Do Highly Modified Landscapes Favour Generalists at the Expense of Specialists? An Example using Woodland Birds.
    Landscape research
  • Welcker, J., Harding,A.M.A., Kitaysky, A., SPEAKMAN, J.R. and Gabrielsen, G.W. (2009)
    Daily energy expenditure increases in response to high food availability in an Arctic-breeding seabird, the little auk (Alle alle)
    Functional Ecology
  • Williams, T.D., Vézina, F., & SPEAKMAN, J.R. (2009)
    Individually-variable energy management strategies during egg production are repeatable across broods.
    Journal of Experimental Biology212: 1101-1105
  • Hinsley, S.A., Hill, R.A., Bellamy, P.E., Harrison, N.M., SPEAKMAN, J.R., Wilson, A.K.
    and Ferns, P.N. (2008)
    Effects of structural and functional habitat gaps on breeding woodland birds: working harder for less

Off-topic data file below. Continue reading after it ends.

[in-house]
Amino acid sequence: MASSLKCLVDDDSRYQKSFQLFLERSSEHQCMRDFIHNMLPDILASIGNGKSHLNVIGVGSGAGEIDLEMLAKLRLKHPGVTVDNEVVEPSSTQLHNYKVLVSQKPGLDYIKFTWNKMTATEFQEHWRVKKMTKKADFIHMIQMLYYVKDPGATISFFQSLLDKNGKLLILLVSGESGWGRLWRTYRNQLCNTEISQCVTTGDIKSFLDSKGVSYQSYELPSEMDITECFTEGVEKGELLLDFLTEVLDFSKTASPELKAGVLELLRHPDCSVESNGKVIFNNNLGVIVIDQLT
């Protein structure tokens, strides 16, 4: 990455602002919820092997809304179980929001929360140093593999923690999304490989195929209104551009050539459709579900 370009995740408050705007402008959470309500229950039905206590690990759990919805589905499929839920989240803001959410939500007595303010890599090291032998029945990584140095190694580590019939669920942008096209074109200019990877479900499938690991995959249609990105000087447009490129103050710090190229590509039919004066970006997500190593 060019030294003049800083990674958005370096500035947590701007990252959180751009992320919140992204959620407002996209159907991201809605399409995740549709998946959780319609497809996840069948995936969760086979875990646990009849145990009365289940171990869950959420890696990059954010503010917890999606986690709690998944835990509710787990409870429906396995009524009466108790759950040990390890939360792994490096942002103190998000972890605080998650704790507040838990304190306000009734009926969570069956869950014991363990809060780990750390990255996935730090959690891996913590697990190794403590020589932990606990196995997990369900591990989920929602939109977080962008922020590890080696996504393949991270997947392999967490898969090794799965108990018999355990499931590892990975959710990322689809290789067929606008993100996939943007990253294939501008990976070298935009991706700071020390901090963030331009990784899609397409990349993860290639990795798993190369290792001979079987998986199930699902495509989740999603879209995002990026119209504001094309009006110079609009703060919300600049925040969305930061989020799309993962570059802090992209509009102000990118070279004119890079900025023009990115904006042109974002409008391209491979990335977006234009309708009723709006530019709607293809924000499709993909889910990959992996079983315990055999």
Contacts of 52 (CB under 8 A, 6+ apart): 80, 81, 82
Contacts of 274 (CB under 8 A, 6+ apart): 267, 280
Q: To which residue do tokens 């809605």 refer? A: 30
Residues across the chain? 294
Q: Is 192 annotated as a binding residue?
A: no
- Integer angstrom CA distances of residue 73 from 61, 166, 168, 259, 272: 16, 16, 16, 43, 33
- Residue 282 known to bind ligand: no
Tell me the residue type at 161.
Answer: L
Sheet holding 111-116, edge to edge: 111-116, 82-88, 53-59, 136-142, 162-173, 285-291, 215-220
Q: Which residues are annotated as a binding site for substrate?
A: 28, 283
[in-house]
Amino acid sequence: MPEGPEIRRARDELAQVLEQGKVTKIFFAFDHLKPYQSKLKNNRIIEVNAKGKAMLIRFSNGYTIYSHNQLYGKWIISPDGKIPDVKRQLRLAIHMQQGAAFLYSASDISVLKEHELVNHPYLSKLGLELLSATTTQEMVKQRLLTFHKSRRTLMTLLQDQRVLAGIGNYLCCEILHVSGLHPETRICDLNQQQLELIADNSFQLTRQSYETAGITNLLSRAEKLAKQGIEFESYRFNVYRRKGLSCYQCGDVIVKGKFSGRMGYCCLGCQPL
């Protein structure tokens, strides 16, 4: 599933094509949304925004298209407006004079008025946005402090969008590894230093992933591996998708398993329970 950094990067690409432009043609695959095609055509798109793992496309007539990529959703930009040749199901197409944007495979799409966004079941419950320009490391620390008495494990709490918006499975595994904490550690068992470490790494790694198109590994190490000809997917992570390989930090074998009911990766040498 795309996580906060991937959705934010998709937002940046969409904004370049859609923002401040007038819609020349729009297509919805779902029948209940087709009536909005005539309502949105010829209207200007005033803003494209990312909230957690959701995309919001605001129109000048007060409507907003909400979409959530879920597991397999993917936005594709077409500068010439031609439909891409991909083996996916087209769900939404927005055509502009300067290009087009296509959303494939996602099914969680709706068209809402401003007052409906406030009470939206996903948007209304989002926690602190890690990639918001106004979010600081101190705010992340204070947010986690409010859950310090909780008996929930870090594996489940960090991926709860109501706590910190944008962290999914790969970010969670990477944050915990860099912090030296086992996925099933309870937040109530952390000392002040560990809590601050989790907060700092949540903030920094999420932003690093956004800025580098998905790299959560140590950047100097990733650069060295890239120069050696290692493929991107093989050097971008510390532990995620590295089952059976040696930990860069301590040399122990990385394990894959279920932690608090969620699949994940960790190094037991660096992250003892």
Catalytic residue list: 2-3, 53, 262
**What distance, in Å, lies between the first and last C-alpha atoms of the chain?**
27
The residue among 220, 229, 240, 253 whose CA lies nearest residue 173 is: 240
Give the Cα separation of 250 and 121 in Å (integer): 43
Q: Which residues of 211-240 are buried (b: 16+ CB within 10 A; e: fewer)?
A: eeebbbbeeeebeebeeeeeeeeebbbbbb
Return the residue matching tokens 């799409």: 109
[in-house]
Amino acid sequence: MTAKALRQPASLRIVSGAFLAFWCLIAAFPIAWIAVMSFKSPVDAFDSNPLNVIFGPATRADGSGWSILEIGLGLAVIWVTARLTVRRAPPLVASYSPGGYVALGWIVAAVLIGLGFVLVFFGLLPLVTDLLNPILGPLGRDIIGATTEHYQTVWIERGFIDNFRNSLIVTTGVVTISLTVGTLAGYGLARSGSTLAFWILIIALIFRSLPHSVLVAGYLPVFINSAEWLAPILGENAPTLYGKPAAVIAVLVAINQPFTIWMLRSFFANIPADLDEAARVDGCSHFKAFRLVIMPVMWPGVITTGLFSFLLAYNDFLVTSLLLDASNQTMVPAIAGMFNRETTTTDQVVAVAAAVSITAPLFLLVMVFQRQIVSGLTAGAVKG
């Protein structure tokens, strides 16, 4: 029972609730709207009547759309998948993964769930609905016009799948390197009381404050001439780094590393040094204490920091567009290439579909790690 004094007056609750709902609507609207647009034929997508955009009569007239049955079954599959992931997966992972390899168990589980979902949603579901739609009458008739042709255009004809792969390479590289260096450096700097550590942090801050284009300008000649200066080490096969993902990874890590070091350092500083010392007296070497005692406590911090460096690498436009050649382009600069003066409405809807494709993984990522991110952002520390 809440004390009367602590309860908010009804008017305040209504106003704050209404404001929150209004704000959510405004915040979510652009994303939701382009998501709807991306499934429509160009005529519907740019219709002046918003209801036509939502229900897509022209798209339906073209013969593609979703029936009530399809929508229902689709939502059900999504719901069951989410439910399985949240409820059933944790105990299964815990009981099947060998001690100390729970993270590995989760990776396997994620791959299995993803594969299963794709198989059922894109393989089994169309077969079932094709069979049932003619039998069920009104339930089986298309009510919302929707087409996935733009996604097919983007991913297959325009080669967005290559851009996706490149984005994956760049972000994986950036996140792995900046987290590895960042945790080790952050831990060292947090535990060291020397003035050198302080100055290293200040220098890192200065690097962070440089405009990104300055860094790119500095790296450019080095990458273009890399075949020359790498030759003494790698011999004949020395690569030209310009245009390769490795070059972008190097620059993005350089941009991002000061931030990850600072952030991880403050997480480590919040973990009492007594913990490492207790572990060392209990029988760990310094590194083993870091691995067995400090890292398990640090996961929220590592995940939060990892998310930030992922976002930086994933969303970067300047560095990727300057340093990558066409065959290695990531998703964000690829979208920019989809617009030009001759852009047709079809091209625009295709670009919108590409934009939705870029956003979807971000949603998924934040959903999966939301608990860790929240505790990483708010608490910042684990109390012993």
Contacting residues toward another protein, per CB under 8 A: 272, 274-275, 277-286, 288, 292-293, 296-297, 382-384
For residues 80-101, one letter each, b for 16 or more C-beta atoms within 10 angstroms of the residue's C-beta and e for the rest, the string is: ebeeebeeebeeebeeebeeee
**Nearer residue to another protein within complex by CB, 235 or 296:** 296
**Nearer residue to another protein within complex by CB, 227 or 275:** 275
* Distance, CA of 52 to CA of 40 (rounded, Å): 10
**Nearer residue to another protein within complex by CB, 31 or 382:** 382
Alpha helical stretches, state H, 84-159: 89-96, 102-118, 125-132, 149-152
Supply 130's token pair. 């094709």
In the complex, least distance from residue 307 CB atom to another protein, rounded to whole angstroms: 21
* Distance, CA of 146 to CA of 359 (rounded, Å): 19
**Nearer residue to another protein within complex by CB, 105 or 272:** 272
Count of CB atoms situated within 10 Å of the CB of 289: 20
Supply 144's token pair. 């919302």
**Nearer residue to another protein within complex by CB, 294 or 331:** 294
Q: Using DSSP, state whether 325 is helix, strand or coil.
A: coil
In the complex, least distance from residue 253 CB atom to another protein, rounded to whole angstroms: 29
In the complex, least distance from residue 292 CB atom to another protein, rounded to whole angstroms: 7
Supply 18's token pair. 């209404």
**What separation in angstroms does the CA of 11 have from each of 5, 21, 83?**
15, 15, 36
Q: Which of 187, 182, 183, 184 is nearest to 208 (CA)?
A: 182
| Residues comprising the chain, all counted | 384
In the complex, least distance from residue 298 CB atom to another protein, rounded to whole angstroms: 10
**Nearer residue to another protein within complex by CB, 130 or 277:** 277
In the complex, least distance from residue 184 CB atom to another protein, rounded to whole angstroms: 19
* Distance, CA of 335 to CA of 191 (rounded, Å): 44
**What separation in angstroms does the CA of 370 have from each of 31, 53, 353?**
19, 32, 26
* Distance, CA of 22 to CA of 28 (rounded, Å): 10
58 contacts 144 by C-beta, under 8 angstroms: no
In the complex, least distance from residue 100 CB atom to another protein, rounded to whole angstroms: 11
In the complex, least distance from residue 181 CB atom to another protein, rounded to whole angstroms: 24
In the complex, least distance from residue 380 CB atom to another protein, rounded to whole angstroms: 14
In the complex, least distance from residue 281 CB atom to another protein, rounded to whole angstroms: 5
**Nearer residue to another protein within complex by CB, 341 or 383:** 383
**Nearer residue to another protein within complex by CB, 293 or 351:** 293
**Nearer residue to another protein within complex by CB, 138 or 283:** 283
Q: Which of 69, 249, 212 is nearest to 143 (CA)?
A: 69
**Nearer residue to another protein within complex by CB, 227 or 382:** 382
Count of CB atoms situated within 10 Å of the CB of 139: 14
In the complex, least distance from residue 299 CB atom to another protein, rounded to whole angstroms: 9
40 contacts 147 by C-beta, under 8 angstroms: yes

Landscape Ecology 23: 615-626
  • Vezina, F., SPEAKMAN, J.R., and Williams, T.D. (2006)
    Individually variable energy management strategies in relation to the costs of egg production
    Ecology 87: 2447-2458
  • Simon, A., Thomas, D.W., SPEAKMAN, J.R., Blondel, J., Perret, P. and Lambrechts, M.
    (2005) Impact of ectoparasitic blowfly larvae (Protocalliphora spp) on the behaviour and energetics of nestling blue tits (Parus caeruleus).
    Journal of Field Ornithology 76: 402-410
  • Massemin, S., Korpimäki, E., Zorn, T., Pöyri, V. & SPEAKMAN, J.R. (2004)
    Energy expenditure of nestlings in relation to food quantity and hatching span in the Eurasian Kestrel (Falco tinnunculus)
    Journal of Avian Science
  •  Thomas, D.W., Blondel, J., Perret, P., Lambrechts, M.M. and SPEAKMAN, J.R. (2001)
    Energetic and fitness costs of mismatching resource supply and demand in seasonally breeding birds.
    Science 291: 2598-2600.
  • Hawkins, P.A.J., Butler, P.J., Woakes, A.J. and SPEAKMAN, J.R. (2000)
    Estimation of the rate of oxygen consumption of the common eider duck (Somateria mollissima), with some measurements of heart rate during voluntary dives.
    Journal of Experimental Biology 203: 2819-2832.